Special Series: The Untold Histories of Kashmir

Hydro-geology, bowlis and the people we call Dogras

A digital sketch of a bowli, a preserved fresh water spring along a trek in Gurnal, Billawar Tehsil of Jammu region in India. Sketch by: Becky James/Carry Forth Tradition.

I’m a Dogra – put simply I’m from a land geologically sandwiched between the fertile plains of Indus and the mighty ranges of the North western Himalayas. For thousands of years this midland ranging from 1,000-4,000 feet above sea level became home to many who escaped from the floods of the mighty Indus or the harshness of the high ranges. 

How springs on Himalayan fault lines can teach you Dogra history

These forested, high water table regions with adundant grazing pastures, convenient for conduiting civilisational societies also became home to those escaping wars or those escaping the shame of loss in wars happening in the rest of the Indian subcontinent.

If you ever had any ancestral connection with the Dogra heartland like I have there are a few things that will define your cultural DNA – language, food and springs (called bowlis). And underlying these three are “rituals” that define this region’s civilisational pedigree. 

The three complement each other in ways that only a native can understand. And yet today I aim to pick the “fresh water springs” for discussion because they are as significant to you and anyone in the world as they are to me.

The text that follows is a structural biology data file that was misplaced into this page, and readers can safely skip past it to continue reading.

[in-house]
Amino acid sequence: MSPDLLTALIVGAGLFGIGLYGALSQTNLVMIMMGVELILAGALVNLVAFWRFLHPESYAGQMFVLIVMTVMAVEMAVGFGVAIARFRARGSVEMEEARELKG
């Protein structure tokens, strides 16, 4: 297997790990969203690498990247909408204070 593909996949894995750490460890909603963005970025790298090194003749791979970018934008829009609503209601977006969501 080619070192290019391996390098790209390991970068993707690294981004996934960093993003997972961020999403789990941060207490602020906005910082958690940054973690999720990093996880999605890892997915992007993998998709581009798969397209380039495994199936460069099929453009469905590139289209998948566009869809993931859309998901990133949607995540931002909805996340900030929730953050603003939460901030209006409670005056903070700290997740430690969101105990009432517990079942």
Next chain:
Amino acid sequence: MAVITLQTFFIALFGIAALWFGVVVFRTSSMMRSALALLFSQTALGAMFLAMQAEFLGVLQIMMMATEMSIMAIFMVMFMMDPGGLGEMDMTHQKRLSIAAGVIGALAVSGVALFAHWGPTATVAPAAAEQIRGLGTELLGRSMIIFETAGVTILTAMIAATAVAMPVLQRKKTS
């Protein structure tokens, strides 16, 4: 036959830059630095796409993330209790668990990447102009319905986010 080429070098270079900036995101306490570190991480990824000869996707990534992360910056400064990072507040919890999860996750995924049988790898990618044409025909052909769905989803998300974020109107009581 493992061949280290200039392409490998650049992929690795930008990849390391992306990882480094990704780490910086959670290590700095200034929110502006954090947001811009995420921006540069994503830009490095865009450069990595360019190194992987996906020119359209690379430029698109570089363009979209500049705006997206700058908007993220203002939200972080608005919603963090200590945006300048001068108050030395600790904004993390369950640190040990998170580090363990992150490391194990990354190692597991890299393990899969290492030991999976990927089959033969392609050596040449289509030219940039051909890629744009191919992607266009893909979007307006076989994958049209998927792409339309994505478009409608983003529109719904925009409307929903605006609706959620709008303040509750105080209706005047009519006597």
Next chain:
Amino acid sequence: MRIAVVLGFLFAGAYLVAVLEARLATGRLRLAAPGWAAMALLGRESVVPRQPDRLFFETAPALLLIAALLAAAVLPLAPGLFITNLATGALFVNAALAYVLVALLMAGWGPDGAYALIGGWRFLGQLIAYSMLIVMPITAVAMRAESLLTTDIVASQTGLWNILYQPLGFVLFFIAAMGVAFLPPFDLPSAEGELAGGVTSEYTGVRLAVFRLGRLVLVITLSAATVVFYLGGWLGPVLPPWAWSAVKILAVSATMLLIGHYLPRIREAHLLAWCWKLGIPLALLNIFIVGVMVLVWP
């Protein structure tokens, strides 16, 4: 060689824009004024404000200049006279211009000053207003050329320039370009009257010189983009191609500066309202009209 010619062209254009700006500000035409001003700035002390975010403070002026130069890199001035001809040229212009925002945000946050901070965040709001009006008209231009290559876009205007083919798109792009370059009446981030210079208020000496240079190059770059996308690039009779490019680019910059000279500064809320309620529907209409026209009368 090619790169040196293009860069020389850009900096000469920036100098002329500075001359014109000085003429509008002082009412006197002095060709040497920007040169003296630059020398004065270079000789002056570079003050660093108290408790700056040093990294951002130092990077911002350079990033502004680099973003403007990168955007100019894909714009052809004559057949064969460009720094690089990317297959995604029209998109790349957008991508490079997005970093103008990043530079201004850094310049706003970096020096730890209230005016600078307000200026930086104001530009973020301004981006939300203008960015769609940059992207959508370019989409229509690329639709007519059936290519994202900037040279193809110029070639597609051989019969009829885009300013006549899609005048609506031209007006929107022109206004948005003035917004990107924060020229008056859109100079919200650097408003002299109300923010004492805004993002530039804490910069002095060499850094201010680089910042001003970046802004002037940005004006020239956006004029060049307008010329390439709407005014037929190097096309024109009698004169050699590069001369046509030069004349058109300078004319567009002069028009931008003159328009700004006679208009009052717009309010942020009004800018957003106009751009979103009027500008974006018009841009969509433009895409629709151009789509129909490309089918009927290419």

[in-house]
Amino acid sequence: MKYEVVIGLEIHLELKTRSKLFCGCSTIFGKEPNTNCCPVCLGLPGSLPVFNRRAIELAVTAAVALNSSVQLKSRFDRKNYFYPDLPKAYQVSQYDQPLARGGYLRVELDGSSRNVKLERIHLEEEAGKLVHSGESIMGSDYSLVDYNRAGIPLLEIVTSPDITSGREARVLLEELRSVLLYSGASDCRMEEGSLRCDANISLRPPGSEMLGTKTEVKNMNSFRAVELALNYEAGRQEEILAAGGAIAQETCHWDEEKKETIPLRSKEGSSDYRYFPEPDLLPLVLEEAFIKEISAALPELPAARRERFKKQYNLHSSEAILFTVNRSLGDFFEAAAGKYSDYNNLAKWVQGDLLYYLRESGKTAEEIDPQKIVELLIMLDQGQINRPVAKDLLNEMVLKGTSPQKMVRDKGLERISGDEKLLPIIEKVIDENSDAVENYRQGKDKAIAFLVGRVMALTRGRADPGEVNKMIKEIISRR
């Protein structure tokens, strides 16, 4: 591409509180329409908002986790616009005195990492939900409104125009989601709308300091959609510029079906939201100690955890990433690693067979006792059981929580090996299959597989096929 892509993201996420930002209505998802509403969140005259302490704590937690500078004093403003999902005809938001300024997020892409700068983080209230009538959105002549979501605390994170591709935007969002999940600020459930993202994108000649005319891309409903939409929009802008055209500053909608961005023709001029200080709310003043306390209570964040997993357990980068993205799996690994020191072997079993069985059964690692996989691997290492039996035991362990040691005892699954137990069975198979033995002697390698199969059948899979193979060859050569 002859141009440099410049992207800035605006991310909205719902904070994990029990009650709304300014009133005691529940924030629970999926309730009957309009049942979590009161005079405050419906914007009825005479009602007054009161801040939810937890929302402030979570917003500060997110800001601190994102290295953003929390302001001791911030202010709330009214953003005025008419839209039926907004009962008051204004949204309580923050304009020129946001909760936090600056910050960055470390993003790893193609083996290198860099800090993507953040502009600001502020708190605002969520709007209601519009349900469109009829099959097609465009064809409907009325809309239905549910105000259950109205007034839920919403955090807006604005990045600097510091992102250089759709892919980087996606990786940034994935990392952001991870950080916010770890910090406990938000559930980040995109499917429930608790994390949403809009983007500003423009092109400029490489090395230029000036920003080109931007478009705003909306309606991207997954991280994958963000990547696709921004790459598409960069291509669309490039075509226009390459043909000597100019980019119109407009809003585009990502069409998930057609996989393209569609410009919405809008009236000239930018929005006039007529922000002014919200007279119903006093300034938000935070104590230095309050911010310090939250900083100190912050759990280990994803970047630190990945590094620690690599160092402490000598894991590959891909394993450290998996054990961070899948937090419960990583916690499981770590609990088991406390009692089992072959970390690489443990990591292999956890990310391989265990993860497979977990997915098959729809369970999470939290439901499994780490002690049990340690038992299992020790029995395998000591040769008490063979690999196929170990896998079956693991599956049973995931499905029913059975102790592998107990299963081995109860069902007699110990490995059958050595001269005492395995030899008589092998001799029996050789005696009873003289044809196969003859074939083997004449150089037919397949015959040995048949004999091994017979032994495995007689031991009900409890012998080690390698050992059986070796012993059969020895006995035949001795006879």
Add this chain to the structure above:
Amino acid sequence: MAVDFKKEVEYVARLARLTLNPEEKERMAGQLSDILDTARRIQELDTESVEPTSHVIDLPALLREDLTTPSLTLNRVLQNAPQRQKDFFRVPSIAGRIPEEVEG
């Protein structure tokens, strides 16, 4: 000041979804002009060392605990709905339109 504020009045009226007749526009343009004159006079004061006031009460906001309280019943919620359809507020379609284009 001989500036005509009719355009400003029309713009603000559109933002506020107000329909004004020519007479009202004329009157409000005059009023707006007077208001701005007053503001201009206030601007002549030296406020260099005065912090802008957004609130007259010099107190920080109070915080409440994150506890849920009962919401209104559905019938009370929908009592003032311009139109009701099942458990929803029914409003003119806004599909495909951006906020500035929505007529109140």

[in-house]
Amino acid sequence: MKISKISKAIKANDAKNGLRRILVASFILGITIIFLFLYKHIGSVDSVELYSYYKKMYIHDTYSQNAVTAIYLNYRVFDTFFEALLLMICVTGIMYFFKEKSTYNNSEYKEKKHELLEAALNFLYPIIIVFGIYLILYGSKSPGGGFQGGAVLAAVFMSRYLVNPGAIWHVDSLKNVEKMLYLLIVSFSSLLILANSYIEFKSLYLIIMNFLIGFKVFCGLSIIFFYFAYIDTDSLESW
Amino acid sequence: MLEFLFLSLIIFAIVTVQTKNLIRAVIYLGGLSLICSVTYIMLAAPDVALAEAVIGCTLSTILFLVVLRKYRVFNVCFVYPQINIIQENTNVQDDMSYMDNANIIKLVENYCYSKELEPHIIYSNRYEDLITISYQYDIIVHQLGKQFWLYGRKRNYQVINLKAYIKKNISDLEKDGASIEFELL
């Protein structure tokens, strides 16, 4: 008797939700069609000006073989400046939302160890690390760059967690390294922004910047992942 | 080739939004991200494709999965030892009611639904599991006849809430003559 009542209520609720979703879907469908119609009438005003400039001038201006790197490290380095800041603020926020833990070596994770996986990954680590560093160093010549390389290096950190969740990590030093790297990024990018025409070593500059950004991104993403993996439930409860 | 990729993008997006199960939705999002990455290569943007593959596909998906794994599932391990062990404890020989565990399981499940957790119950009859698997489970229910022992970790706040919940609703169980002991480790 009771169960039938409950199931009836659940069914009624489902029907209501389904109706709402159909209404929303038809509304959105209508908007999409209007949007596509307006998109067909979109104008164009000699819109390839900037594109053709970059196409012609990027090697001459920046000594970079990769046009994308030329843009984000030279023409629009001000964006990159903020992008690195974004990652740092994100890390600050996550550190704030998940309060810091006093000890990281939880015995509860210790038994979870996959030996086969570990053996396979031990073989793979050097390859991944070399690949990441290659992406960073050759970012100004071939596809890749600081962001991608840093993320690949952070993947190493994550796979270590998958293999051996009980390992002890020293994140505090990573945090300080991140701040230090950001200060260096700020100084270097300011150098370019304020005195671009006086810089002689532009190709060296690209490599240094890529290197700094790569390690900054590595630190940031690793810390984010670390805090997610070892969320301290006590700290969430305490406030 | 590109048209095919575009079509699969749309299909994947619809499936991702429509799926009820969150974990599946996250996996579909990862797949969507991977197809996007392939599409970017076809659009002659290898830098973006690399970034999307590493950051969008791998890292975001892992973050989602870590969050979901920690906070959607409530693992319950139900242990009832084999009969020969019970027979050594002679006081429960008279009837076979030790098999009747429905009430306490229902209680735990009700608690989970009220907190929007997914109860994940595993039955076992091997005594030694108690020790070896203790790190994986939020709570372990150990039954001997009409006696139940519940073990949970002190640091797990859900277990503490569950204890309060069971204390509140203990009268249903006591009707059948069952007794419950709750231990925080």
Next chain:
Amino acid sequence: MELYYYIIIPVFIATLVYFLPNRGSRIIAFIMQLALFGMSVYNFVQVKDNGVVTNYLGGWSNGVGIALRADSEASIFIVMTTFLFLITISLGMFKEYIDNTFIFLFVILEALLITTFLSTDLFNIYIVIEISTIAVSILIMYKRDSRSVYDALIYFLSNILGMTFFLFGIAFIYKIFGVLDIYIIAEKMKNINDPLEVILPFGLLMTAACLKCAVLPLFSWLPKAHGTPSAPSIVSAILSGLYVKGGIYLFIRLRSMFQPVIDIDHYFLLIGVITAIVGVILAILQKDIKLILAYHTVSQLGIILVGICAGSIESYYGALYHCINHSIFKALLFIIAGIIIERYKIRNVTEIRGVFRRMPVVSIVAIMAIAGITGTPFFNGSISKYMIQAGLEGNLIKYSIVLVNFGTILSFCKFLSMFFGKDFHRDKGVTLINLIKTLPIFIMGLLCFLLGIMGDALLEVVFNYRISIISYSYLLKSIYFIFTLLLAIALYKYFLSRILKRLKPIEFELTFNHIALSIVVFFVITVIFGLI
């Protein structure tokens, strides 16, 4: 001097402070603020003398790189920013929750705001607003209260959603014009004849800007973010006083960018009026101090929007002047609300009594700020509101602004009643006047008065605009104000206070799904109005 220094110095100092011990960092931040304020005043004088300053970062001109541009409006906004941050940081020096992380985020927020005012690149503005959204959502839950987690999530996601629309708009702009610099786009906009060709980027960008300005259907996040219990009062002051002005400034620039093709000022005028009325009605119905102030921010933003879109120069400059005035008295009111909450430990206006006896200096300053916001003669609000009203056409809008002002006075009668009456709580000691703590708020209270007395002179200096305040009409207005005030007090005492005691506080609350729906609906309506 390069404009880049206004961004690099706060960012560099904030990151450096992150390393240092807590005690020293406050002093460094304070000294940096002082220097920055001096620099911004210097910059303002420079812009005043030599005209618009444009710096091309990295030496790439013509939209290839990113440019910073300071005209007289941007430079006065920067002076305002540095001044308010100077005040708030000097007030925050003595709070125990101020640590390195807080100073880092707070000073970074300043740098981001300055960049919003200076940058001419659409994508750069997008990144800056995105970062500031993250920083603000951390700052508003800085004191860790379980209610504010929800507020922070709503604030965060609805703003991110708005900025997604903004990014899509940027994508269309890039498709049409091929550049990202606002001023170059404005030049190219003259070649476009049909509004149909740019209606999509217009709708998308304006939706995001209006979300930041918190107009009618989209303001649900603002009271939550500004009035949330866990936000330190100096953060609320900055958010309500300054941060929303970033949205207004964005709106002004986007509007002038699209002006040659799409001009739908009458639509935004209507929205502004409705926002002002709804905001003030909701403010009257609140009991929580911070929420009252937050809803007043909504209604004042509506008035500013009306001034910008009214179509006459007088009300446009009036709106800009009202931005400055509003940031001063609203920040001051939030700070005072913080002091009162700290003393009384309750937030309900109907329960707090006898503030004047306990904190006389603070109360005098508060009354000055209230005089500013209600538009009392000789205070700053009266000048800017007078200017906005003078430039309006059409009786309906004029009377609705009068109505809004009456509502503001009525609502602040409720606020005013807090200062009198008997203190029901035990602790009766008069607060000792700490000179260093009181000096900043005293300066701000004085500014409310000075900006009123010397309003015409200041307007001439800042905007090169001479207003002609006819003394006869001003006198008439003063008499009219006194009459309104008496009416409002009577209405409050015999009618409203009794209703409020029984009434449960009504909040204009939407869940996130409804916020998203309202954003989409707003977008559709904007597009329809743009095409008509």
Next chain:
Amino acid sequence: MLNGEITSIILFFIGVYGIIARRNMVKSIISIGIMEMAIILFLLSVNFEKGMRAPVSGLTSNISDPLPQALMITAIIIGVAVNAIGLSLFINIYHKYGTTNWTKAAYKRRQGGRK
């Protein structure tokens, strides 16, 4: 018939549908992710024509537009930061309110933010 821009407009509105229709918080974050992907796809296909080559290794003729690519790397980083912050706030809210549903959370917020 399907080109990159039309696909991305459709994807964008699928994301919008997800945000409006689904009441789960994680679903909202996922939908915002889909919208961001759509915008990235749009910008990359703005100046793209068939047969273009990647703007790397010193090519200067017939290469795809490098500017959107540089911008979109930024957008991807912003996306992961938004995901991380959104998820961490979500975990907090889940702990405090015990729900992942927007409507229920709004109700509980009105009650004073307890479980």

The ones I aim to talk about are surface built structures lining the small and big mountain hike routes, they are votive, commemorative, some linked to clan specific life rituals and gods and are as numerous and significant in this part of the world as stupas are in the landscape of Ladakh. Yet they are unknown, undiscovered and very likely a case study of abused heritage.

There are thousands of varied sizes of them across the 26,089 square kilometers of the Dogra landmass that is boundaried by Pakistan in the West and South west, Kashmir in the north, Ladakh in the east and by Punjab and Himachal Pradesh in the south. I’m outlining geology and geography here because fresh water springs are a result of tectonic movements and are often at the Himalayan fault lines. Thousands of them signify something very important.

I’ve been watching this bowli for at least 35 years. It’s on the way to my ancestral farm. I have seen it changing – since about a decade a concrete bathroom has come near to it (extreme right, not visible in the reel). Video credit: Venus Upadhayaya.

Ironically, the himalayan tectonic plates don’t follow the political boundary lines that the British created between India and Pakistan or the conflicted border that rose because of subsequent wars. Himalayas are such a significant aspect of earth’s geological history that I believe these thousands of fresh water springs are extremely significant hydro-geological markers of human existence.

A few similar in glory to the great baths of Mohinjodaro, denote some ancient hydro-technological science waiting to be discovered and preserved.